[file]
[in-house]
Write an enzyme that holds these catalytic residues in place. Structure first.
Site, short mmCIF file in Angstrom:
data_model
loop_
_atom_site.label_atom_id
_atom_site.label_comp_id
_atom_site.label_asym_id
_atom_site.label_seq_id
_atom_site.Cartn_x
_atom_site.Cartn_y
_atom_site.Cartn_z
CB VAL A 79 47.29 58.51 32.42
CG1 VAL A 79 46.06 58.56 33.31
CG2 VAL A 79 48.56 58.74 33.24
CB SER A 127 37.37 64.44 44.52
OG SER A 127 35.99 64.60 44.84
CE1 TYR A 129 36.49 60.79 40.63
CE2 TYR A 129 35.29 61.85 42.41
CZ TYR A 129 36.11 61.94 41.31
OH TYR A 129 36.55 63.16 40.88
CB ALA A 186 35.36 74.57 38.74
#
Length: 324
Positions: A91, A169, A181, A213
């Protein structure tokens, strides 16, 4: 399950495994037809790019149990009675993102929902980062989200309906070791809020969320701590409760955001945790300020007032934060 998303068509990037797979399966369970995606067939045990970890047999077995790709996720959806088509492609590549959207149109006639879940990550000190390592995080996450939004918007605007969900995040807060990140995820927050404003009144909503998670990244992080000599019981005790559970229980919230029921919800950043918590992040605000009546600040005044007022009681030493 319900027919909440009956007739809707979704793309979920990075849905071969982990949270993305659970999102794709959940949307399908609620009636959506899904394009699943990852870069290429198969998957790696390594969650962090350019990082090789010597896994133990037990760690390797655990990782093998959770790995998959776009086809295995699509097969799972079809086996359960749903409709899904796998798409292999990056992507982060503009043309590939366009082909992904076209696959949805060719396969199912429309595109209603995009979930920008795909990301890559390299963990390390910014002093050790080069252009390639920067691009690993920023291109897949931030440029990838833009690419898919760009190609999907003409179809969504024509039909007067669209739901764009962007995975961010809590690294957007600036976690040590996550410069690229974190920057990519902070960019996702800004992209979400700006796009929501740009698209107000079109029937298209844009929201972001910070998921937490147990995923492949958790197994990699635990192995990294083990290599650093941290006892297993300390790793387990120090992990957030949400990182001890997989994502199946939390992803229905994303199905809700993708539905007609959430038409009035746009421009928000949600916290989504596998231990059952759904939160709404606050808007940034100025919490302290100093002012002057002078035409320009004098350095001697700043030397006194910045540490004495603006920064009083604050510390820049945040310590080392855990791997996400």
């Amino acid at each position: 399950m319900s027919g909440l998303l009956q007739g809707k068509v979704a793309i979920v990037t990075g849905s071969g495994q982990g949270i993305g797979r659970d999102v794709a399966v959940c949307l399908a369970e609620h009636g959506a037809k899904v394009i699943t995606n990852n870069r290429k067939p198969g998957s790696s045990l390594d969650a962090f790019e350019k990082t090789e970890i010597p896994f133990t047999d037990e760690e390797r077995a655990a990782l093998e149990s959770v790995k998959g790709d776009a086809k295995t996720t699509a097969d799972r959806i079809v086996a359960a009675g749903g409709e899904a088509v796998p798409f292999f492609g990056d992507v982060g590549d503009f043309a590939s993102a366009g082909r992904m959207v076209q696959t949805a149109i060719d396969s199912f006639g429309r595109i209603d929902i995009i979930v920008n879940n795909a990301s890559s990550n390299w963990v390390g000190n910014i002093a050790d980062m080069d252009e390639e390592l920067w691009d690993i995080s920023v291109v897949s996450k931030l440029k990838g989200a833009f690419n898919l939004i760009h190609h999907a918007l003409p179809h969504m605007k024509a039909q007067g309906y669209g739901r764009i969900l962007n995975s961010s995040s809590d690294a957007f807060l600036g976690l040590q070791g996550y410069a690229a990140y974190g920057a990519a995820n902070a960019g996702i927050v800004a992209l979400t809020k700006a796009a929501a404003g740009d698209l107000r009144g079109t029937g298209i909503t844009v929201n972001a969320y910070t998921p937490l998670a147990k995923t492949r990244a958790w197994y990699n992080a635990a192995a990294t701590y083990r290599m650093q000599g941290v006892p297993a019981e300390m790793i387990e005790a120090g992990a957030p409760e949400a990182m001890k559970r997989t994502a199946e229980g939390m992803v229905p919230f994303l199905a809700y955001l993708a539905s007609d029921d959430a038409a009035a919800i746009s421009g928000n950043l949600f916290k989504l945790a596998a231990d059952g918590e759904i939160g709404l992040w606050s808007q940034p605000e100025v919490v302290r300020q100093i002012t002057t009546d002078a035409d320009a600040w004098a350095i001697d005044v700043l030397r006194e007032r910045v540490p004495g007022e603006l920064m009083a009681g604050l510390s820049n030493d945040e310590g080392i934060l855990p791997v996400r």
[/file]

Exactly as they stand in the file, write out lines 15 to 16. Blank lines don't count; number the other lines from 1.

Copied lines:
CG2 VAL A 79 48.56 58.74 33.24
CB SER A 127 37.37 64.44 44.52